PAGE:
Leasehold homeowners urged to use Leasehold Reform Act

An industry figure has advised that leasehold homeowners with onerous contract terms should exercise their rights under the Leasehold Reform Act.

A key issue highlighted in the government’s housing white paper, bad ground rent terms attached to leasehold properties have been leaving owners with property which was almost impossible to sell. Terms including the doubling of rent every decade led many to try and purchase the freehold of their property, despite being unaware of the potential risks involved.

Suggesting that these leaseholders first look to legislation was Louie Burns. The Managing Director of Leasehold Solutions highlighted the dual ways of purchasing the freehold and advised which one homeowners should opt for.

“There are two different ways to buy the freehold of your home. Firstly, leaseholders have the legal right to buy their freehold under the Leasehold Reform Act (1967). Here there is a legal process to follow, with a statutory valuation method set down by law.

“If the freeholder will not agree to negotiate fairly, homeowners have a legal right to force them to and are offered legal protection on the terms of the freehold purchase. To many people, this process may seem daunting and uncertain, and understandably people shy away from it.

“The other option is to contact the freeholder directly and ask them how much they want to sell the freehold. This is called an ‘informal’ deal and it is often the worst decision that a leaseholder could possibly make because to do so means they have no legal protection whatsoever under statutory legislation. This is one instance where ‘no deal’ really is better than a bad deal.”

Originally enacted to provide leaseholders with legal safeguards, the Leasehold Reform Act was also designed to compel the freeholder to engage in fair negotiation during freehold purchase.

Where negotiations and purchase take place informally, the leaseholder is no longer protected by this legislation. There will be no way for the leaseholder to change the terms offered, should they accept them.

Commenting on the dangers of informal arrangements, Burns went on to say: “We regularly see freeholders asking for up to 50 times the current ground rent on the property, which can be double or sometimes even triple what the valuation would be using the statutory method. We regularly see people who have bought their freeholds informally and paid up to £25,000 more than they should have done, simply because they accepted an informal agreement.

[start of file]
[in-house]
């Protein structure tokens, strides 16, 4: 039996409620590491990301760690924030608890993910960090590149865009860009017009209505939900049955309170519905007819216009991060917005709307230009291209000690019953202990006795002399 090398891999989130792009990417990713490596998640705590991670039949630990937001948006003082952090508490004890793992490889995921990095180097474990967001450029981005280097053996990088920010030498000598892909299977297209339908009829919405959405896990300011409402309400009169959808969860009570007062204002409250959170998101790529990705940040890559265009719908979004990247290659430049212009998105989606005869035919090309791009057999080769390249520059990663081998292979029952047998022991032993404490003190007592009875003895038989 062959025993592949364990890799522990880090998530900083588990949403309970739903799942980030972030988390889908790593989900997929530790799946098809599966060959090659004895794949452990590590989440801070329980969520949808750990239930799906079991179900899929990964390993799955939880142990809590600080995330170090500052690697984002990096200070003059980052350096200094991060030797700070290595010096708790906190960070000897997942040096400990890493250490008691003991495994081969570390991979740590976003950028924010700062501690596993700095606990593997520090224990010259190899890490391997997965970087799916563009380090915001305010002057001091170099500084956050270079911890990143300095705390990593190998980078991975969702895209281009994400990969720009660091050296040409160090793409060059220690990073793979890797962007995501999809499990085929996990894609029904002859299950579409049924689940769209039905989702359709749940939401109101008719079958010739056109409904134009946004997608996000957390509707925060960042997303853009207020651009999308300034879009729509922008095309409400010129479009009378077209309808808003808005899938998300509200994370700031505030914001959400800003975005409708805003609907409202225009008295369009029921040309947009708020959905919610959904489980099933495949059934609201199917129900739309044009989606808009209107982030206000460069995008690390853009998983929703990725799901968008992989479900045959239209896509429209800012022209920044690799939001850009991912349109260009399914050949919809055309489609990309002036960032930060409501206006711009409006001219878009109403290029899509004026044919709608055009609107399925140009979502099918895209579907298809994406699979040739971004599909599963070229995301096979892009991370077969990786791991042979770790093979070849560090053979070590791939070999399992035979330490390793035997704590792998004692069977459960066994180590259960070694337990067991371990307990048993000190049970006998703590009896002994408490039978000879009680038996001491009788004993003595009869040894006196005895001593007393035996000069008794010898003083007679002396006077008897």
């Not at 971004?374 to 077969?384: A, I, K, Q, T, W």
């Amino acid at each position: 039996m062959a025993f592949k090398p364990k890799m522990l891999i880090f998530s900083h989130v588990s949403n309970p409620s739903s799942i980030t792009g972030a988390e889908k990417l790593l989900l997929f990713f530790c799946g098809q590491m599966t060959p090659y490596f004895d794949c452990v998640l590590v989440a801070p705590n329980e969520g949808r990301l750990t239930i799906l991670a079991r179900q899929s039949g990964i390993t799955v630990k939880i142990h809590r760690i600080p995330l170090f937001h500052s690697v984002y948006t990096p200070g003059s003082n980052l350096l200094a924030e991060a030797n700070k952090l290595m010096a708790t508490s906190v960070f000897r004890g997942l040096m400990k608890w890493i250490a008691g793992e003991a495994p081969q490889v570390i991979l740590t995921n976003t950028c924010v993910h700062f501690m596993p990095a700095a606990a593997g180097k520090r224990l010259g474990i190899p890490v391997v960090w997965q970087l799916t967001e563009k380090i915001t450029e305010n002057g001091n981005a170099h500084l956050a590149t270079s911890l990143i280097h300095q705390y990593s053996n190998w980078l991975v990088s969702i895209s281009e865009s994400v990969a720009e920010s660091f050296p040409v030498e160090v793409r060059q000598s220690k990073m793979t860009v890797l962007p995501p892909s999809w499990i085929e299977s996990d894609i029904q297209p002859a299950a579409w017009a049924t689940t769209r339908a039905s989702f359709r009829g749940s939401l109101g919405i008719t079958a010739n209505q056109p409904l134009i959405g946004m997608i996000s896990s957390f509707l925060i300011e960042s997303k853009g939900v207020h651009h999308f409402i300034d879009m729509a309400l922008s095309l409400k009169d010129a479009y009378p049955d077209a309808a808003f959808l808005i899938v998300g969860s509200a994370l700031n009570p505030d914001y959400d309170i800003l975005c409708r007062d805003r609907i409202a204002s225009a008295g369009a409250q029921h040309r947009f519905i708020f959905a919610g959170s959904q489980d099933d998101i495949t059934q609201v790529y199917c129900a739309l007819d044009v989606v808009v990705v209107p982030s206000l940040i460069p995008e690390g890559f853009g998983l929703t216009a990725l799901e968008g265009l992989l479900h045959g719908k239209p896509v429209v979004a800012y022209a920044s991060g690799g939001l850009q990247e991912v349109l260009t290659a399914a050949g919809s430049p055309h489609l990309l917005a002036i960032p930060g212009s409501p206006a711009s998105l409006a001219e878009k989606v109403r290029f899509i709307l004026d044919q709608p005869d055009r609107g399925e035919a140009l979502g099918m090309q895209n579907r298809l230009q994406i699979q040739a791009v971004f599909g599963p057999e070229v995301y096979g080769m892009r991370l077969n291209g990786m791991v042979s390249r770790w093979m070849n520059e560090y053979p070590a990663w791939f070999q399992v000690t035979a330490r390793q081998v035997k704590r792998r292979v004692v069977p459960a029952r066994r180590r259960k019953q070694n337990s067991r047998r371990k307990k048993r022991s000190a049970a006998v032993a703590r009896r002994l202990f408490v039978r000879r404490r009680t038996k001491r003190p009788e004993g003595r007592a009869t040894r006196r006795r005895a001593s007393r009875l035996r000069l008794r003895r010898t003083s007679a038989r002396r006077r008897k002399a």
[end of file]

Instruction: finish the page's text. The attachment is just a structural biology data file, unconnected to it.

“In addition, an informal deal often won’t remove some of the costly terms that can be included in the lease, meaning homeowners will continue to pay fees to the freeholder for permission to alter their own homes, even after they have purchased the freehold.

“Some of the clauses we have seen retained are costs of £300 per room for permission to change the carpet, thousands of pounds for licences to carry out DIY, £4,500 to build a conservatory, and even £107 to install a blind over a kitchen window!”

Despite some freeholders stating that they would amend ground rent terms to link to the inflation rate, Burns warns that this may not be as positive as one might assume.

“The deals we have seen are not good at all, as in most cases the freeholder wants to double the ground rent before they link it to RPI (Retail Price Index) on an ongoing basis, which means most ground rents would rise to around £590 per year linked to RPI for the remainder of the lease. Furthermore, many freeholders are asking for fees of up to £15,000 to transfer doubling ground rents to ones linked to RPI, which is simply outrageous.”

He also drew attention to the difficulties which leaseholders may face in the future, especially if they ever wanted to sell the property.

“Leaseholders who accept deals of this sort are accepting an onerous ground rent clause for evermore, which might give them serious problems should they try to sell their home. In addition, the same fees for licences and permissions will be included in the terms of the new lease, and if they wish to purchase the freehold at a later date then it will still cost many thousands of pounds, whether they use the informal or statutory route.”

Although acknowledging the attraction of the informal option, Burns concludes by stressing the importance of taking the statutory route.

“I fully understand why the informal option can appear to be easier; freeholders are very good at making informal deals look attractive and hassle-free, largely because they don’t want to lose the valuable income for ground rents and permissions. However, I urge leaseholders to avoid informal offers like the plague.

“The only sensible option is to use the statutory legal process, which is there to protect leaseholders, and will enable them to buy the freehold, remove onerous ground rents and costs for permissions, and take back control of their property for good.”

 

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